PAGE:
ing thread (LWP)	in the child process.

   POSIX Threads
       The following are the fork() semantics in programs that use  the	 POSIX
       threads	API  rather than the Solaris threads API (programs linked with
       -lpthread, whether or not linked	with -lthread):

       The call	to fork() is like a call to fork1(), which replicates only the
       calling	thread.	  There	is no call that	forks a	child with all threads
       and LWPs	duplicated in the child.

       Note that if a program is linked	 with  both  libraries	(-lthread  and
       -lpthread), the POSIX semantic of fork()	prevails.

       If fork1() is called in a Solaris thread	program	or fork() is called in
       a POSIX thread program, and the child does more than just call  exec(),
       there is	a possibility of deadlocking in	the child.  To ensure that the
       application is safe with	 respect  to  this  deadlock,  it  should  use
       pthread_atfork(3T).  Should there be any	outstanding mutexes throughout
       the process, the	application should call	 pthread_atfork(3T),  to  wait
       for and acquire those mutexes, prior to calling fork().	(See Intro(3),
       "MT-Level of Libraries")

       Upon successful completion, fork() and fork1() returns a	value of 0  to
       the  child  process  and	returns	the process ID of the child process to
       the parent process.  Otherwise, a value of (pid_t)-1 is returned	to the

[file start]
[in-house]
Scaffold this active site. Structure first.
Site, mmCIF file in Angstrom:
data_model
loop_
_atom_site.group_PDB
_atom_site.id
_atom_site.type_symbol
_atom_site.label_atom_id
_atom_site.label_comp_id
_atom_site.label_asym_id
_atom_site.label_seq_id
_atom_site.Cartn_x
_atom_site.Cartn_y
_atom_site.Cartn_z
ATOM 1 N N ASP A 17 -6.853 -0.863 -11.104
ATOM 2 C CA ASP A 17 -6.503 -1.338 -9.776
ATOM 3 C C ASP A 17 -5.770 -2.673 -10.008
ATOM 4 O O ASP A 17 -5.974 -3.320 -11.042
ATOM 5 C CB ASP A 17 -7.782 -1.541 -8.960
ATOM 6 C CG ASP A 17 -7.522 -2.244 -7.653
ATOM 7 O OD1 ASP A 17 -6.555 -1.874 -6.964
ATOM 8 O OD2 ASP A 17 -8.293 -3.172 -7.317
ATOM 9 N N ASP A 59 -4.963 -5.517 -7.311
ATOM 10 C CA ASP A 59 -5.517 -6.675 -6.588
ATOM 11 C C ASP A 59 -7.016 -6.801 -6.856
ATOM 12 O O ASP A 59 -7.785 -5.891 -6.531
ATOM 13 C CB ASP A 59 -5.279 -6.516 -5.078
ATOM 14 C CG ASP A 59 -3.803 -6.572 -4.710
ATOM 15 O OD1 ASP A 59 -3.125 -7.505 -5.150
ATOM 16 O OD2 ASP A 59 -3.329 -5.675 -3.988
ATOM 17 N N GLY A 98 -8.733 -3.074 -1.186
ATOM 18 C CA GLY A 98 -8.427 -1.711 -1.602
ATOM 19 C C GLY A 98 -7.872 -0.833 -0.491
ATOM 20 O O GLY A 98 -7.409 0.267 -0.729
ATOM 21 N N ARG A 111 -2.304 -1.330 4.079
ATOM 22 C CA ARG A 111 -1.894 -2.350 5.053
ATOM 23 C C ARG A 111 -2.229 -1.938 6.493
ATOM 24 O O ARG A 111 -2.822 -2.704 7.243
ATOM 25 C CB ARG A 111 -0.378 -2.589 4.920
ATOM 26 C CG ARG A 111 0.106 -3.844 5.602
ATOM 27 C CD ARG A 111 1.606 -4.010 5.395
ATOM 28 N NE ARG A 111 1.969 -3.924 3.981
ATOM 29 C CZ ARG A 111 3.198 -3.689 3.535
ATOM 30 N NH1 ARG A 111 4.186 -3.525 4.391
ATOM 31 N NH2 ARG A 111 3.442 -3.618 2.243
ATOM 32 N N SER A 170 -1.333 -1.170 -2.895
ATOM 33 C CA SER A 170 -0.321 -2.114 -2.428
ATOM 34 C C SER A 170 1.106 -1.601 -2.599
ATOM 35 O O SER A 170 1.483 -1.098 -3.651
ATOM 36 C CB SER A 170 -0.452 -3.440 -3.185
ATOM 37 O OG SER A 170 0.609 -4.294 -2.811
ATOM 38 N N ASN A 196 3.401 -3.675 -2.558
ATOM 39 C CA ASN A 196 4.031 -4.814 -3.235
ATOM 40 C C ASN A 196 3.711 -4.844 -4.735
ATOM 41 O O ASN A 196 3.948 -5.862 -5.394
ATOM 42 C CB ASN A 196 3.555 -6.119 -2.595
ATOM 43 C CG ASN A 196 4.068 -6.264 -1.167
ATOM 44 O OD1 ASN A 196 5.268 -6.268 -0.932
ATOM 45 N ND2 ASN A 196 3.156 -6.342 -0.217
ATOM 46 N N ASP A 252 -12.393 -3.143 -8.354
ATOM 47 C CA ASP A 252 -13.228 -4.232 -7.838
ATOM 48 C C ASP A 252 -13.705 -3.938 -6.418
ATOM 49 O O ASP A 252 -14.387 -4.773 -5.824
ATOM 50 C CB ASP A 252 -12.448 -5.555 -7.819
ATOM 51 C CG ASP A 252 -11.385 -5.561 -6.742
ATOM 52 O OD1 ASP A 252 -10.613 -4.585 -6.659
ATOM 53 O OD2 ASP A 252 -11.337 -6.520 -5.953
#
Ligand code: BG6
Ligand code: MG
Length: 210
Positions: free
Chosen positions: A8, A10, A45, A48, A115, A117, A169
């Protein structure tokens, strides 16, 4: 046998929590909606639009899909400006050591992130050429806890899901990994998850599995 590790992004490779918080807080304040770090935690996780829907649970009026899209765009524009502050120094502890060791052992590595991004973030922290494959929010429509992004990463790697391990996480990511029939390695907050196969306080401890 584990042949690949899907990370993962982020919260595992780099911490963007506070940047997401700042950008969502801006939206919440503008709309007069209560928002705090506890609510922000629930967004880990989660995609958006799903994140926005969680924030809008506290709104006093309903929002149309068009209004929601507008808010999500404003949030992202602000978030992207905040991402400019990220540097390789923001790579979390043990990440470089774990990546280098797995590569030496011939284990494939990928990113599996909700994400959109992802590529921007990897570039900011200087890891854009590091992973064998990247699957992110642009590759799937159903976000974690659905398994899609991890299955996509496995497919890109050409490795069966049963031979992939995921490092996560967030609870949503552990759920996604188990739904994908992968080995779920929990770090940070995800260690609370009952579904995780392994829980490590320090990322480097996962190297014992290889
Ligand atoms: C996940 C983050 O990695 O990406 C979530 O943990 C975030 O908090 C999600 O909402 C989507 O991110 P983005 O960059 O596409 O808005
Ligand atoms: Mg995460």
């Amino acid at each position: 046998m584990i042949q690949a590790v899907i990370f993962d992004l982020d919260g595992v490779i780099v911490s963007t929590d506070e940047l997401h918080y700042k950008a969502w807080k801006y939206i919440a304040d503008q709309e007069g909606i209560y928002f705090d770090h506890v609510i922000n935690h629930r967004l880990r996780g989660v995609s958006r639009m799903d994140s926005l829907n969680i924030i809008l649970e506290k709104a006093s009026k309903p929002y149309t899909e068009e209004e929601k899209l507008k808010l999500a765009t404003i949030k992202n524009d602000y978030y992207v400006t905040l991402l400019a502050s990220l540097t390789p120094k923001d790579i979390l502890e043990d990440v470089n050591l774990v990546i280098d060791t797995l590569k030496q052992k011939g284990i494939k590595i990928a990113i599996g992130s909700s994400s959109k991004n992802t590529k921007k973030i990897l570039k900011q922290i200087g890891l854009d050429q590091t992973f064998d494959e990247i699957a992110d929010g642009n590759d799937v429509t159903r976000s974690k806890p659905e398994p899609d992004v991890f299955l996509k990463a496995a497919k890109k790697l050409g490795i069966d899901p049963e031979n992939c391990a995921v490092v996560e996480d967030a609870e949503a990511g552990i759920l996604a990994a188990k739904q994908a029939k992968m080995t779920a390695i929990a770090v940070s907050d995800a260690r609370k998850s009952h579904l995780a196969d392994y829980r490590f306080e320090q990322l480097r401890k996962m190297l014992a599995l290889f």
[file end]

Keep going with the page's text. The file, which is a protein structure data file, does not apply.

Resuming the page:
parent  process,	no child process is created, and errno is set to indi-
       cate the	error.

       fork() fails and	no child process are created if	one  or	 more  of  the
       following is true:

       EAGAIN	      There  are  two conditions that will cause an EAGAIN er-

		      The system-imposed limit on the  total  number  of  pro-
		      cesses  under  execution	by  a single user would	be ex-

		      The total	amount of system memory	available is temporar-
		      ily insufficient to duplicate this process.

       ENOMEM	      There is not enough swap space.

       alarm(2), exec(2), exit(2), fcntl(2), getitimer(2), getrlimit(2), memc-
       ntl(2), mmap(2),	nice(2), priocntl(2), ptrace(2),  semop(2),  shmop(2),
       times(2),  umask(2),  wait(2), exit(3C),	plock(3C), pthread_atfork(3T),
       signal(3C), system(3S), thr_create(3T), timer_create(3R)

       Be careful to call _exit() rather than exit(3C) if you cannot execve(),
       since  exit(3C) will flush and close standard I/O channels, and thereby
       corrupt the parent  processes  standard	I/O  data  structures.	 Using
       exit(3C)	will flush buffered data twice.	 See exit(2).

       When  calling  fork1() the thread (or LWP) in the child must not	depend
       on any resources	that are held by threads (or LWPs) that	no longer  ex-
       ist in the child.  In particular, locks held by these threads (or LWPs)
       will not	be released.

       In a multi-threaded process, fork() or fork1() can cause	blocking  sys-
       tem calls to be interrupted and return with an error of EINTR.

       fork()  and  fork1() suspend all	threads	in the process before proceed-
       ing.  Threads which are executing in the	kernel and are in an  uninter-
       ruptible	 wait  cannot be suspended immediately;	and therefore, cause a
       delay before fork() and fork1() can complete.  During this  delay,  all
       other threads will have already been suspended, and so the process will
       appear "hung."

				  1 Feb	1996			       fork(2)